In a few days, my new Persol sunglasses will arrive. They are merely obscenely expensive -- as opposed to immorally expensive -- because I shopped for them very hard. It was an expedition across the Internet, touching down in five countries on three continents and focusing on at least five of the brand’s 100-plus styles.
Did I say expedition? No, it was so much more. It was a journey… a journey of discovery.
One of the things I discovered is that while I am constantly complaining about having no time to do the things I need to do in my work and family lives, I managed to find seven solid hours for sunglasses shopping. This to save $150 over the local mall price. (If you do the arithmetic, that amounts to $21.40 an hour, which is what a Canadian night-shift welding-shop laborer fetches or a mental-health community services specialist in San Jose, Calif. Please understand that I am a major, major multimediocrity, and those positions -- though I am qualified for neither -- are below my pay grade. So the sunglasses hunt was not a great value proposition.)
But a journey isn’t about the destination, is it?
Okay -- most of the time a journey is exactly about the destination, but who am I to argue with the wisdom of Ralph Waldo Emerson, not to mention countless tattoos and fortune cookies? Let’s just say it was an experience that will never leave me.
No. Really…never. Because everyplace I go on the World Wide Web, the sunglasses are following me. Like a bad penny or a very good National Security Agency. In the ad industry this practice of following a shopper’s digital footprints is known as “retargeting.” Elsewhere it is known simply as stalking.
Yo, creepy dude with the sunglasses, please leave me the hell alone.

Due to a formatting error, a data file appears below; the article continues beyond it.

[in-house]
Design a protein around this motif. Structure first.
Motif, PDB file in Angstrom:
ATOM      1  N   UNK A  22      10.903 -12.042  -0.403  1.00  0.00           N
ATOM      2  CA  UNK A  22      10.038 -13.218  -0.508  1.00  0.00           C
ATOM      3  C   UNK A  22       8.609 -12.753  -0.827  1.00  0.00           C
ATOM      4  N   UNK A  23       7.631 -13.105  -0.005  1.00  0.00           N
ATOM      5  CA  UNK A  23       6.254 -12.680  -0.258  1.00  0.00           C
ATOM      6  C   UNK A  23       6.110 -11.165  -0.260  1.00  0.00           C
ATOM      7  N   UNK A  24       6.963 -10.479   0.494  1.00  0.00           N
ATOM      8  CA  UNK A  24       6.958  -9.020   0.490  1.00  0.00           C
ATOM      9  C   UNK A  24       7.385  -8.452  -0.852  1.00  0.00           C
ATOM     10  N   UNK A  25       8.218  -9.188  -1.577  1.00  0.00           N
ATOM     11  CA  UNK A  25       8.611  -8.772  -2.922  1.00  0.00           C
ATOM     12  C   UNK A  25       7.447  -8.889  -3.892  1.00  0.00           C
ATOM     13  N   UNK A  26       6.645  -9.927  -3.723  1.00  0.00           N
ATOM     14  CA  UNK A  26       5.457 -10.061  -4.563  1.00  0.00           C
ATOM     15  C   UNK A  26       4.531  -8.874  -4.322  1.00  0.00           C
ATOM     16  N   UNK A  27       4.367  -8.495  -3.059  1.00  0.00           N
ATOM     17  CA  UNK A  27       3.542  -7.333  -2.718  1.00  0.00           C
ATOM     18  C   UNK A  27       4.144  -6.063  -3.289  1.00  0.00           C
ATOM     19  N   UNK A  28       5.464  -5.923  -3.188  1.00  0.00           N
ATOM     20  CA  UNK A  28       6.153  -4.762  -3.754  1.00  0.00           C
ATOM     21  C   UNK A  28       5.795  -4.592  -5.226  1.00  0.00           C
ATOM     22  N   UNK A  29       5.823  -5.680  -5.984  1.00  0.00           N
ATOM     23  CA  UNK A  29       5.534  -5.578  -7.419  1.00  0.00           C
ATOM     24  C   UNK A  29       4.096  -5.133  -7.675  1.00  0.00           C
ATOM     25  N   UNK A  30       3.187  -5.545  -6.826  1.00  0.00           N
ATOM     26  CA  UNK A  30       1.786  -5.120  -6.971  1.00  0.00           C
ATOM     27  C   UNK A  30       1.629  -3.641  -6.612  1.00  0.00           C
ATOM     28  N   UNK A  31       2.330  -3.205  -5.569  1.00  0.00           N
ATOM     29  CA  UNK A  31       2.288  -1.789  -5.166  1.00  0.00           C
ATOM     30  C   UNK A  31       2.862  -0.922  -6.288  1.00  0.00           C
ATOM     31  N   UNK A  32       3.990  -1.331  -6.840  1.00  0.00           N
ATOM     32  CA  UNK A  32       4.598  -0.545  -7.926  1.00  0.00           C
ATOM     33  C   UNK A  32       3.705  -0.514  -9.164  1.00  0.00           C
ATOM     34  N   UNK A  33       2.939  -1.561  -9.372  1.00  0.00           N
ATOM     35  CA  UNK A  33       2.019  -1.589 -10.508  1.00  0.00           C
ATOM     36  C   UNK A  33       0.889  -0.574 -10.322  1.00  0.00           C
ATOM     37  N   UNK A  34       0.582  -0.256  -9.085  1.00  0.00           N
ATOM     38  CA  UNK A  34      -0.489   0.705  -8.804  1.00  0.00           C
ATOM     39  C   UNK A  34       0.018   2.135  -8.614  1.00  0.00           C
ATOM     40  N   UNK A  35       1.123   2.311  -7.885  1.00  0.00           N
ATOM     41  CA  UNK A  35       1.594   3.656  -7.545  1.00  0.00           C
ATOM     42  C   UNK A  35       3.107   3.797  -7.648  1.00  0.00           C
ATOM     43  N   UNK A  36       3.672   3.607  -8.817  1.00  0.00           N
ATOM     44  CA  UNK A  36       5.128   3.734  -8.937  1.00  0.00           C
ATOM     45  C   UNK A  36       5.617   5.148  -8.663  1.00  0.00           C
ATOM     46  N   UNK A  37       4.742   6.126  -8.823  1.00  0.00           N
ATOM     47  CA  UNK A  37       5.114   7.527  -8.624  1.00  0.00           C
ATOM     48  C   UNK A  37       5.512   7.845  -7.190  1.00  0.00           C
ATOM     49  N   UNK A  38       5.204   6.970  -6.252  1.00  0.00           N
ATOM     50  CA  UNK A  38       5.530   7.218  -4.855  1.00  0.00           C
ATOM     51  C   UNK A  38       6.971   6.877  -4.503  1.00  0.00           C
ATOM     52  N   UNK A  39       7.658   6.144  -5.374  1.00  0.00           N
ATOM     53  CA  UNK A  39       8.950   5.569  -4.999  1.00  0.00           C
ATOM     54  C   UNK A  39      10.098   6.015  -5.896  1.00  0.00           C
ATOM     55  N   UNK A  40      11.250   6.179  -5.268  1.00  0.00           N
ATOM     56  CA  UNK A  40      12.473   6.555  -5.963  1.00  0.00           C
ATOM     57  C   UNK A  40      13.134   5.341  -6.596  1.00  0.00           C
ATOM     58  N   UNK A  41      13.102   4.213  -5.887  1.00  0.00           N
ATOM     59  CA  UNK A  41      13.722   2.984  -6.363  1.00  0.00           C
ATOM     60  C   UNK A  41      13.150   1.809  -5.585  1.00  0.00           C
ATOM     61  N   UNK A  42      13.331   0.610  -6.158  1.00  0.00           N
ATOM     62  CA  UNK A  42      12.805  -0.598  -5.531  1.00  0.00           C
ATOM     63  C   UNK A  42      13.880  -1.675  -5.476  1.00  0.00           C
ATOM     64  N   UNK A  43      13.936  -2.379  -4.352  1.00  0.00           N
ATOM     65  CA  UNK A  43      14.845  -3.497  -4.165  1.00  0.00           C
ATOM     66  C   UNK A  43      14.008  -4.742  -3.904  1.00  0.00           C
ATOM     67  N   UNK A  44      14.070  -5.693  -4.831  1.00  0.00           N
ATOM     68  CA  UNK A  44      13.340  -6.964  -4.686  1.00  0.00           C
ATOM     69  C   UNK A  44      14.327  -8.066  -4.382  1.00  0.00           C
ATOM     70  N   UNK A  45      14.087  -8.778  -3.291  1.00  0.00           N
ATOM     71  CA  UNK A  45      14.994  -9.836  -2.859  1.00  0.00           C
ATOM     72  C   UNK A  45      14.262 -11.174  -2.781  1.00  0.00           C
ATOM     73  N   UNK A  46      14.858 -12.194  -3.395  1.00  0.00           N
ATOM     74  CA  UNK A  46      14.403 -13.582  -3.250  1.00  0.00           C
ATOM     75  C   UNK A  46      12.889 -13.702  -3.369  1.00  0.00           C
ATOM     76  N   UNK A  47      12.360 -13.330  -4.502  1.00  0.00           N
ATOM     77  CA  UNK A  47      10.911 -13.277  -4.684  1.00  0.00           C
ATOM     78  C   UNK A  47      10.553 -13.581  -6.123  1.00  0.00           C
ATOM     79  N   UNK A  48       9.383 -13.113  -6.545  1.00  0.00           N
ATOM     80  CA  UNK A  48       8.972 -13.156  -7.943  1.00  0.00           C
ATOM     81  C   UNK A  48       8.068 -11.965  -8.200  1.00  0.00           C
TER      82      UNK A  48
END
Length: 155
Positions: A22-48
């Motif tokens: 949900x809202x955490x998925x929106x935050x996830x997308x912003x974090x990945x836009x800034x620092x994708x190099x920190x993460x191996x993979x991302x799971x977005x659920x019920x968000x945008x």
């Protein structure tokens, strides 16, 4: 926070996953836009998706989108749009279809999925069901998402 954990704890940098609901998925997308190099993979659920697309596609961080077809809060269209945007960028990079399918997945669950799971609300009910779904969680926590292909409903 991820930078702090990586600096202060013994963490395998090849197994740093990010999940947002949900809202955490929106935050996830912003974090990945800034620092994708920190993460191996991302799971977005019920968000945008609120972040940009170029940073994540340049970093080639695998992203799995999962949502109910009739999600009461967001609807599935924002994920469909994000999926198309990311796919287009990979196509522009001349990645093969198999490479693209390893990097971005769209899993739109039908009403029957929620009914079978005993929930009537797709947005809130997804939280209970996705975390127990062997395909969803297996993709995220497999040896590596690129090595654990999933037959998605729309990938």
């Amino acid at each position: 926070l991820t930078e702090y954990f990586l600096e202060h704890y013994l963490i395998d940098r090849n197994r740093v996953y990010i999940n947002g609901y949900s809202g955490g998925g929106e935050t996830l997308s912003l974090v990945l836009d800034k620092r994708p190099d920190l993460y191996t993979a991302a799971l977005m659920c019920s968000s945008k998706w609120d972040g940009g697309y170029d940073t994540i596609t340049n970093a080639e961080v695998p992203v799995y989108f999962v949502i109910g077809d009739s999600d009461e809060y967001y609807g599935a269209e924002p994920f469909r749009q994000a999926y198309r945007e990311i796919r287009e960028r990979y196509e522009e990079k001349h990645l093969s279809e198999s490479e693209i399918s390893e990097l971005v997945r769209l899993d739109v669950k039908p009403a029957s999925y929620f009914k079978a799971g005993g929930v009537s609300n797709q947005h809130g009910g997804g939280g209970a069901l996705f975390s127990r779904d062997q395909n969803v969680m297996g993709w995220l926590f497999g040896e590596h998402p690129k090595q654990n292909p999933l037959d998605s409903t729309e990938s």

Nope, I go to NewRepublic.com to read about Gov. Chris Christie’s dubious use of federal Sandy recovery funds, and there are my sunglasses. I go to The New York Times to learn about the Malaysian pilot’s deleted flight simulator data, and there are my sunglasses. I go to Boston.com about Crimea, to the Associated Press about the Comcast-Time Warner merger, to the Washington Post about the Megamillions jackpot, to BloombergBusinessweek com about Internet governance, to Philly.com about pitching ace Cole Hamels’ tired left arm…there they are.
A damn fine-looking pair of sunglasses, distinctive and cool without being so obnoxiously Italian chic that someone will want to punch me in the face. But excuse me, WORLD OF INTERNET COMMERCE: I BOUGHT THEM ALREADY. THEY ARE RIGHT NOW WINGING THEIR WAY FROM ISRAEL. I HAVE THE RECEIPT TO PROVE IT. SO PLEASE STOP SELLING ME AN ITEM I ALREADY OWN. I BEG YOU.
Not only are all these e-retailers wasting their own money, they are ruining my journey of discovery. I really fell in love with those sunglasses. (Not spiritual forever love. Not donating a kidney/cleaning up vomit love. But definitely a long period of “Oh, how I want you in front of my eyes” love.) But already the glow is fading. In fact, I’m getting sick of looking at the damn things.
Seems to me that the same data mining that allows marketers to see where I’ve been can inform them that a transaction has taken place. As long as these people are leaving cookies on my browser, can’t they add a crumb that says, in effect, “dead end?” Or, as the old saying goes, “I gave at the office.”
Weirdly, the one place I have visited on the internet that has not tried to retarget me is the world’s dominant e-tailer, Amazon.com. Those people have more data than anyone, yet they have made zero attempt to interest me in my sunglasses or anything in the entire eyewear category. No, they have followed me around the Web, taken note of my site visits, crunched the numbers of my transactions, and repeatedly served me an ad for a consumer packaged good that offers not a whiff of Italian designer chic:
Quilted Northern toilet paper. Ultra plush, of course. Silkier than ever.